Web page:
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Celebrating a neighborhood

They returned by the dozen, from cities as far as Seattle and New York, to celebrate Grier Heights, a historically black community that helped lay the foundations for their success.

Hundreds lined the streets of this southeast Charlotte neighborhood to watch a parade and then enjoy a reunion that brought together generations of people who got their start there.

James Lee, 53, a lifelong resident of this community of 3,000, said the annual event provides a shot of hope for a neighborhood besieged by too much crime and poverty.

“In our community, hope has been scuttled in a lot of different ways,” said Lee, who manages a neighborhood sandwich shop.

It wasn’t always that way, Lee said. He recalls growing up in a close-knit community where people kept an eye on their neighbors’ children, where kids learned to use their imaginations to have non-destructive fun.

The parade and reunion, he said, give young people an opportunity to see those who grew up in their neighborhood “with more than gold in their teeth and a gun in their hand.”

This year, the parade’s grand marshal was Jimmie Lee Kirkpatrick, a Grier Heights native who in the 1960s became the first African-American player to make the Observer’s all-star high school football team.

In 1965, Kirkpatrick became the central figure in a lawsuit that integrated the Shrine Bowl, a high school all-star football game between North Carolina and South Carolina.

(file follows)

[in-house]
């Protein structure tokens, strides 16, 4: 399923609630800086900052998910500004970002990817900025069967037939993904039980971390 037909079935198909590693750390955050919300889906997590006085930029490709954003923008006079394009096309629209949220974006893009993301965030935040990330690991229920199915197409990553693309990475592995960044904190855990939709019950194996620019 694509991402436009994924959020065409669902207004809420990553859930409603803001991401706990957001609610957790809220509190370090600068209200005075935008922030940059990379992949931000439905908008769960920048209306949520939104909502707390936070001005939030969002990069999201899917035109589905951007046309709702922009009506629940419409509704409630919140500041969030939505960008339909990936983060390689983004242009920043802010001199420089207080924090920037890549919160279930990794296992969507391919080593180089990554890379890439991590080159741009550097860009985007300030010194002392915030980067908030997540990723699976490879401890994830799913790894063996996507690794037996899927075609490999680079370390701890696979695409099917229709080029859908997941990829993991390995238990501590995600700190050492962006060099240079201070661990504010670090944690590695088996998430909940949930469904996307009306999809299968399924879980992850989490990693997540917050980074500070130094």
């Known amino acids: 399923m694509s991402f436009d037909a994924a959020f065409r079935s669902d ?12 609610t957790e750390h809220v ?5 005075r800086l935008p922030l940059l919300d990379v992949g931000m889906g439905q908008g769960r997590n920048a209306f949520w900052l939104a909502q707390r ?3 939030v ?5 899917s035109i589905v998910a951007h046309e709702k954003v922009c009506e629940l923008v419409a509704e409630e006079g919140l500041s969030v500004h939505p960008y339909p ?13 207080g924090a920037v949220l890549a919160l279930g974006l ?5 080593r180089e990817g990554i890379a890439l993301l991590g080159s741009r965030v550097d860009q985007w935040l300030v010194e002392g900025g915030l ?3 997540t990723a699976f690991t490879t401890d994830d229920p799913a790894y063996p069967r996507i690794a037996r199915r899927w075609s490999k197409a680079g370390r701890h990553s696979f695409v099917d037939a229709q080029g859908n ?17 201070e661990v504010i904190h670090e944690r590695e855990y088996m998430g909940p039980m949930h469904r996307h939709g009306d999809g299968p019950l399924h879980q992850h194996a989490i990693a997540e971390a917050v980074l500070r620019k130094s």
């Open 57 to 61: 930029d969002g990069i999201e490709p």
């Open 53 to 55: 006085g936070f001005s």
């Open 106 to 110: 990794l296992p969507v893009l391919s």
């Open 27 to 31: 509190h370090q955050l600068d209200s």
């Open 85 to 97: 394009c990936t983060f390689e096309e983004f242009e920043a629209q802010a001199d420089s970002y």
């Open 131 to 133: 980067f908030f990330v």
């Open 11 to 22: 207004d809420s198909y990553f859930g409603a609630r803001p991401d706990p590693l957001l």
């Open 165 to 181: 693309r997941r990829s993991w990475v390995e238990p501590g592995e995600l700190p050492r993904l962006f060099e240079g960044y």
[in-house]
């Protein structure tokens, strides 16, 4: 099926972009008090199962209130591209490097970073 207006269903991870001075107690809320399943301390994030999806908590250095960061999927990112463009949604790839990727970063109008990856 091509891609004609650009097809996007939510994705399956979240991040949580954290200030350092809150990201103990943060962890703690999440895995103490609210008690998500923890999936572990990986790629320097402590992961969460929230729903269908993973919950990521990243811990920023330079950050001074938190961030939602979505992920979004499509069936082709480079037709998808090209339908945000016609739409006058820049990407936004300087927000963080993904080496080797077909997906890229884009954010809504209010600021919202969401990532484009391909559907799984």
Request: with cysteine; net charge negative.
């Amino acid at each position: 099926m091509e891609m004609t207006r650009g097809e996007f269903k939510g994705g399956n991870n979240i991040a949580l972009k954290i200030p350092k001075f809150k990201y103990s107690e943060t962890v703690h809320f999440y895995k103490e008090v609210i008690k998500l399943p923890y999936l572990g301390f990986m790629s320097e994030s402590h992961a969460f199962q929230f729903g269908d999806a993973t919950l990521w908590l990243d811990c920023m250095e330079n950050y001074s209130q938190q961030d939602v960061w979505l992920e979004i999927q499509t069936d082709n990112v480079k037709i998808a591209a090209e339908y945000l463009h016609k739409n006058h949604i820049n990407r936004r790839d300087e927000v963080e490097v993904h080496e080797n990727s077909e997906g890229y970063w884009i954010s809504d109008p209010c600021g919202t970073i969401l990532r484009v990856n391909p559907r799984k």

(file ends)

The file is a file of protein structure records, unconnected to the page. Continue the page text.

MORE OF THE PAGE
“So many people who came from Grier Town had successful lives and families,” said Kirkpatrick, a semi-retired educator who now lives in Portland, Ore. “It’s kind of a pride day for Grier Heights.”

Kirkpatrick was especially proud because his mother, Irma, had also been a parade grand marshal years ago.

For event facilitator Gloria Green, this year’s event was a chance to show the rest of Charlotte the good things happening in Grier Heights.

“Do you see any pants hanging down? Do you see any fighting?” she asked, gesturing to the peaceful crowd of about 300 who were enjoying grilled food and music at a neighborhood park. “That’s what Grier Heights really is.”

Staff writer Gary Schwab contributed.

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